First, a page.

Given your work schedule, though, I think a CKCS would be very lonely, as would many other breeds. My suggestion is go to a reputable shelter and adopt a young adult dog who has low energy and will be grateful for a new home. With that much time alone you need a couch potato and that can come in many different breeds and even mixed breeds.

It is great you are thinking ahead to have a dog walker come in and give the dog a bathroom break. Now go to a shelter and find your match!

Do you have any breeds that you feel are ideal for a person living in a studio apartment in the city who will be at work most of the day and returning in the early evening? I’ve been interested in Havanese, but many say this breed does not do well if left alone for a period of time. Also, the Coton de Tulear? Aside from two nights a week, I’m home relatively regularly to spend time with a dog (weekends/evenings).

I would also plan to have a walker come during the day as well. I have a significant other who will care for the pup on the two nights I am not able to come home after work and he can sometimes come home at lunch. It seems a puppy may not be best for our situation, but would it be ok for a dog that is say 6 months to a year old? Some say to get two dogs in this situation, but I’d be a new dog owner and that seems a bit much at first.Jenn Hains, Brooklyn, NY

You say you have five evenings a week plus weekends to be with a new dog. I am sure in that free time you will want to have a social life, shop, do laundry and other activities which would cut into the time left for a new pet. It doesn’t sound like an ideal life for a social creature.

The advice you received about getting two dogs is sound, but you are correct in thinking that it would be a lot for a first time dog owner. There are dogs in shelters that do like to sleep all day, be fed and petted, but they are far and few between.

My advice for now would be get a cat that acts like a dog. No walker necessary during the day but the wonderful companionship of a four-legged furry creature that is more independent than a dog.

Hi Bill, greetings from Max, the big golden/shepherd mix from the Humane Society of New York. Here’s my question: no matter how many types of chew toys we try, Max prefers bike pedals, wicker baskets, Rollerblades, and chair legs. Meaty bones that are supposed to last for weeks get destroyed in a day. Stuffed Kongs don’t hold much interest. What do you suggest to satisfy his urge to chew something really hard?Susan, NYC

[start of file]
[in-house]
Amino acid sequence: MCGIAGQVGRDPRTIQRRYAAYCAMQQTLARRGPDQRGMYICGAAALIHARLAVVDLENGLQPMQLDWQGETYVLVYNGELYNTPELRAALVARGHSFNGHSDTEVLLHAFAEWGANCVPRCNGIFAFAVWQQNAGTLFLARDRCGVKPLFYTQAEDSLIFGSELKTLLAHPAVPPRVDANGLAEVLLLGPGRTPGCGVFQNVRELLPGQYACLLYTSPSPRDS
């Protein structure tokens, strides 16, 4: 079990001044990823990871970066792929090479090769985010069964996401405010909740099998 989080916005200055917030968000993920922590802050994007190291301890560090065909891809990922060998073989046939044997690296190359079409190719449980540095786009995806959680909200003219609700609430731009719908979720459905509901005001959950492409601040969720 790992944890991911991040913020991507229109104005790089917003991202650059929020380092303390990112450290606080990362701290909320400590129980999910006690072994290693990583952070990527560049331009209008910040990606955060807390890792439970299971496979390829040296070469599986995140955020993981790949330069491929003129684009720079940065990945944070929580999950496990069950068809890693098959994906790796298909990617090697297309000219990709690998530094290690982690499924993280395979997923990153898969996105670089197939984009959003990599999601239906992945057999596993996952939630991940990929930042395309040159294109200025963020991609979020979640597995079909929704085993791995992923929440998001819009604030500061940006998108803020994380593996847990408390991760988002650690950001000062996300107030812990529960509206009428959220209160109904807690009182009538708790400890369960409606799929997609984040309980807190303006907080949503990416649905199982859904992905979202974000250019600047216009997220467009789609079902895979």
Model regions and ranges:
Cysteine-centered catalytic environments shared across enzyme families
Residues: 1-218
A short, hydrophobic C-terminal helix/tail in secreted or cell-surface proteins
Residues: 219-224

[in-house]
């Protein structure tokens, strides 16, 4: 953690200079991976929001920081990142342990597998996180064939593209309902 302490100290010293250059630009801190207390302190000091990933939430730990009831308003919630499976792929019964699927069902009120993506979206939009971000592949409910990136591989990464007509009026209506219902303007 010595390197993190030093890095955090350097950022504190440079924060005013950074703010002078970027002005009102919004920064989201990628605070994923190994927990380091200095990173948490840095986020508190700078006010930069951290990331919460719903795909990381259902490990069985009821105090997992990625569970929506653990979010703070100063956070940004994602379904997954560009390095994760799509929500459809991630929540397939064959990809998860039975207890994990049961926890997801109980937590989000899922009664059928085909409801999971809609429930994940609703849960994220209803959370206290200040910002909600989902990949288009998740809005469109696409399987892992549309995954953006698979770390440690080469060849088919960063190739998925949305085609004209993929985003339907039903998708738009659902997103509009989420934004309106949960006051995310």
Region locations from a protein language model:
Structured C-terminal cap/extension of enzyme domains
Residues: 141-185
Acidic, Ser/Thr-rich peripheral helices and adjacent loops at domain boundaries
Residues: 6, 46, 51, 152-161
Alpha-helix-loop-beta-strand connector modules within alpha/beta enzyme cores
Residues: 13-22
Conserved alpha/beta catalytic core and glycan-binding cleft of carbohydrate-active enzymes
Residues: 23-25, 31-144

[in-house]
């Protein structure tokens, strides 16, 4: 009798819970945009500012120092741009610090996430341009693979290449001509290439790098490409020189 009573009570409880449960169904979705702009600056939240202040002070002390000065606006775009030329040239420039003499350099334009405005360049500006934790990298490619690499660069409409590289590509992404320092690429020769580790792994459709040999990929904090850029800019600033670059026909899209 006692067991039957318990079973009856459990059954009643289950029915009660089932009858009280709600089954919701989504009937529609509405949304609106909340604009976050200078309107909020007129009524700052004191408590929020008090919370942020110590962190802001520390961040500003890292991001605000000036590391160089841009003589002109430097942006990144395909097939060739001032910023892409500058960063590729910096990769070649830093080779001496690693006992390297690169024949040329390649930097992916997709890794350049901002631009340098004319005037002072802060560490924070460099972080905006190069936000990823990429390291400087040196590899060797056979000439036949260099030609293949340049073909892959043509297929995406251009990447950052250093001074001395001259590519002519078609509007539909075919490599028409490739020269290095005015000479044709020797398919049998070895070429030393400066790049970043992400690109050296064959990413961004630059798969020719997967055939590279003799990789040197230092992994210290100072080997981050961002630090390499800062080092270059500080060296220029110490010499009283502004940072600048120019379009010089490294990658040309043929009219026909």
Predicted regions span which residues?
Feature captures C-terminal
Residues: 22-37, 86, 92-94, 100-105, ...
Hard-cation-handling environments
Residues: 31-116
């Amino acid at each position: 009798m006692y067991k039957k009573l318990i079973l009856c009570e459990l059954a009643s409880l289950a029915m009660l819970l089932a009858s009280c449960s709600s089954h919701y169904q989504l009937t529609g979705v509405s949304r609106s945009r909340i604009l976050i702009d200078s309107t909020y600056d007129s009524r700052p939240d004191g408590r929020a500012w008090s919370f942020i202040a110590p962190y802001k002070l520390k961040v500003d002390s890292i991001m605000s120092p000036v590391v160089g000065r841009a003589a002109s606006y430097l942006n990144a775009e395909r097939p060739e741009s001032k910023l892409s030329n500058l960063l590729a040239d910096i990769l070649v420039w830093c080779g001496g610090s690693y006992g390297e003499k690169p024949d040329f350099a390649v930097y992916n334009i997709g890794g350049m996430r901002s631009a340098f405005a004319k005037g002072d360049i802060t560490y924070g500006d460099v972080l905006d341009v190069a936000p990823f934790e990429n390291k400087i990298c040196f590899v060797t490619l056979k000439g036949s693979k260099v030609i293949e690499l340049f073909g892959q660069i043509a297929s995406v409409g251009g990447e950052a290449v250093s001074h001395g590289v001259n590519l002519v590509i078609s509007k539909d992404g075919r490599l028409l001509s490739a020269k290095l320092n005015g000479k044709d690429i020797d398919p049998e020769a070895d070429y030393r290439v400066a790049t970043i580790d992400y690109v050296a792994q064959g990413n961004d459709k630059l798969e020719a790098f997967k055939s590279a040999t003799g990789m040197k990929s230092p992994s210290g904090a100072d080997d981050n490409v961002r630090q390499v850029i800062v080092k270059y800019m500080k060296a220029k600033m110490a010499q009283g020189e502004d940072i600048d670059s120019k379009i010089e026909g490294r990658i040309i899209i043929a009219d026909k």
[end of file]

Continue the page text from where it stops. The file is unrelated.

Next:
For dogs with real urges to chew I recommend the Nylabone products. I have Irish wolfhounds, deer hounds, larger terrier mixes and bulldogs. They have nylon non-edible chew products that look like big bones. My dogs work at those and the sterilized marrow bones. But all chew toys require supervision. As they start breaking pieces off, you must replace them. I thought my guys would not go for the nylon bones, but the shape makes them fun to chew.

My Akita mix is 14 years old! She’s still very happy but can’t walk well. Often her back leg gives out. She’s recently started barking at 4:30am and then continues to bark until I walk her and feed her. She often then keeps barking after that. I’m losing so much sleep! Any advice?Tara, Brooklyn

This condition is common in many geriatric dogs. There can be many reasons the sleep cycle is off. Call your vet for an appointment. There are both prescription and holistic drugs that can help. Your dog will need blood work and an exam for the vet to make the right choice. I have had success in the past with my older dogs and you need to be well rested for them.

How about border terriers or Boston terriers?bernwall, Laurel, NY

I have five cairn terriers and a Boston on my farm. They are great if you are a type A personality with a lot of time to spend occupying them. They will go stir crazy in an apartment left alone for hours. Otherwise lovely, intelligent active dogs.

How do I keep my 2 year old Chihuahua mix (female) from being aggressive to bigger dogs when we are out walking?Alex Justman, Foster City CA

I have three Chihuahuas and they are fine with dogs their own size but will try and kill my Irish wolfhound if left alone with him. Your two year old girl is only trying to protect herself by trying to scare off the larger dogs. She believes you are useless in protecting her so she is taking matters in her own paws.

To reassure her, you must teach her you are in control of her. You need to take her to a basic obedience class and teach her how to sit and stay with 100 percent results. Once you have done that, she can trust you will protect her from other dogs. A lot of people think small dogs don’t need training because they are so small. But it leaves them to think for themselves and leaves the owner a bystander. Get to class and show her you are in control.